Here are the highlights of this unique partnership:

Cabana Internship.

Cabana will host one graduate student intern from the School of Social Work to support ongoing peer group support operations and psychoeducational content development. The intern will work under the supervision of Cabana’s head of mental wellness for a minimum of 500 hours.

Tele-Mental Health Training and Education Support.

Cabana will collaborate with Falk College faculty to embed its immersive group support technology into ongoing coursework and curricula to foster training and preparation of future social work professionals.

“The tele-behavioral health landscape is evolving rapidly, demanding practitioner and client adaptability to virtual environments,” Armstrong says. “Our partnership infuses Falk’s curriculum with leading-edge tools via Cabana’s underlying technology platform, better preparing students for client engagements through digital platforms.

“Moreover, Falk students, equipped with an advanced tier of military cultural competence, will enhance our clients’ experiences–and their future clients–with more relatable, informed support that builds trust and overcomes stigma,” Armstrong adds.

Military and Veteran Virtual Peer Groups.

Cabana will work with Falk faculty and its alumni network to assist ongoing virtual peer support groups for military and veterans starting this spring.

“This collaboration aligns with the Syracuse University mission to be the best place for vets, and it uniquely positions us to offer specialized support to our military and veteran communities,” Marfilius says. “Through virtual peer support groups and the development of tailored psychoeducational content, we are providing them with the essential mental health support they deserve.”

Military and Veteran Psychoeducational Content Development.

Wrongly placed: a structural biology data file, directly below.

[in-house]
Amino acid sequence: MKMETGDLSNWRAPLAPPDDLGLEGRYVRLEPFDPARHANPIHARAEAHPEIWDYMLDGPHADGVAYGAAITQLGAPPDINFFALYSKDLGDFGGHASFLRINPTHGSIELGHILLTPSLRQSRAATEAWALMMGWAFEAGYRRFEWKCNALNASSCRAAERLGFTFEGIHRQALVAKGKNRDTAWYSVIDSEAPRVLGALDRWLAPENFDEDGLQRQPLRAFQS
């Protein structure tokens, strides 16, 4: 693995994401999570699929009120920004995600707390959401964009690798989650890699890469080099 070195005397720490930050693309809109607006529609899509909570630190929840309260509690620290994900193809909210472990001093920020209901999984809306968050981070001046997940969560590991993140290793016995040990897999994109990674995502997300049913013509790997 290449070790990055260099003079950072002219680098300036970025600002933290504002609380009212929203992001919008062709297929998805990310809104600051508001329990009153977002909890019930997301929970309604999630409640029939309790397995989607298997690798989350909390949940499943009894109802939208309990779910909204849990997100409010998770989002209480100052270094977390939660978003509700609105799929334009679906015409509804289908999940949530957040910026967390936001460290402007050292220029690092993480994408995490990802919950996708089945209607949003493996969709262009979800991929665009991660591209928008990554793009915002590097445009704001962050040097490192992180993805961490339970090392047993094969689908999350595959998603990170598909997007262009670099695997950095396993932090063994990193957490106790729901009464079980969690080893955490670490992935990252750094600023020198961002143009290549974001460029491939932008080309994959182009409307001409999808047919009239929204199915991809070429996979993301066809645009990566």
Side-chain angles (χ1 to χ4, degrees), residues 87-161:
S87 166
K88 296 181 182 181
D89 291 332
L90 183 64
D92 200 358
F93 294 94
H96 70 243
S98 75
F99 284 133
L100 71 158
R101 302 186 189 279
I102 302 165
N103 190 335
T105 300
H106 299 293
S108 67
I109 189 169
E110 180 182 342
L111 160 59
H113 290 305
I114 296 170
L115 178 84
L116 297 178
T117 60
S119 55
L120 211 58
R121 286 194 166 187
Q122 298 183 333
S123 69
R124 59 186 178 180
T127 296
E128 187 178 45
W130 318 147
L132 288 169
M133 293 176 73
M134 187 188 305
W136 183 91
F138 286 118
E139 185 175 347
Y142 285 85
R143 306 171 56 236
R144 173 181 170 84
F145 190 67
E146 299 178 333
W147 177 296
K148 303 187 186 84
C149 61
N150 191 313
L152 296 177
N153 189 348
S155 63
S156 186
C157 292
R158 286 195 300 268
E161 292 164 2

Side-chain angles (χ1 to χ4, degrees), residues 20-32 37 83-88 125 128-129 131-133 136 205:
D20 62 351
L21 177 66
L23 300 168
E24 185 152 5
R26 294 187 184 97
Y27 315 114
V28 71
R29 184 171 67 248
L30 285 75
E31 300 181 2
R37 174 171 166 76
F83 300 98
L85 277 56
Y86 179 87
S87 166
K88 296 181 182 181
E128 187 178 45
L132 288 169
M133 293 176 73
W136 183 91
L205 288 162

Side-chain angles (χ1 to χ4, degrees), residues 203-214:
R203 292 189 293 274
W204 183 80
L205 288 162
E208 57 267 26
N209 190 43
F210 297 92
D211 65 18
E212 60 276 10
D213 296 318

Cabana will work with Falk College faculty to review and evaluate Cabana content as a third-party reviewer.

“Engaging with industry partners allows us to bring practical, real-world experiences into our academic environment,” Marfilius says. “This partnership brings vast possibilities for research collaborations and advancement in peer interventions and group psychoeducation.”

CEU/Education Credits.

Falk College faculty will provide feedback, evaluate, and where appropriate, certify Cabana groups and content to satisfy New York State CEU (continuing education unit) requirements for wellbeing hours.

Research Collaborations.

As opportunities arise for Cabana and Falk College, the two entities agree to evaluate research collaborations and grant opportunities surrounding peer interventions, group psychoeducation, and other forms of mental health support.

“This collaboration aims to address the critical national shortage of mental health professionals, leveraging technology to extend reach and overcome barriers to access, especially for underserved populations,” Armstrong says. “It’s not just about serving more; it’s about serving smarter and cultivating a workforce ready for the challenges of today’s and tomorrow’s mental health landscape.”

Social Work students interested in getting involved in this partnership should email Marfilius at, or School of Social Work Director of Field Education Tracy Walker at Graduate students interested in the internship will go through an interview process with the School of Social Work and Cabana, and the intern will receive a modest stipend.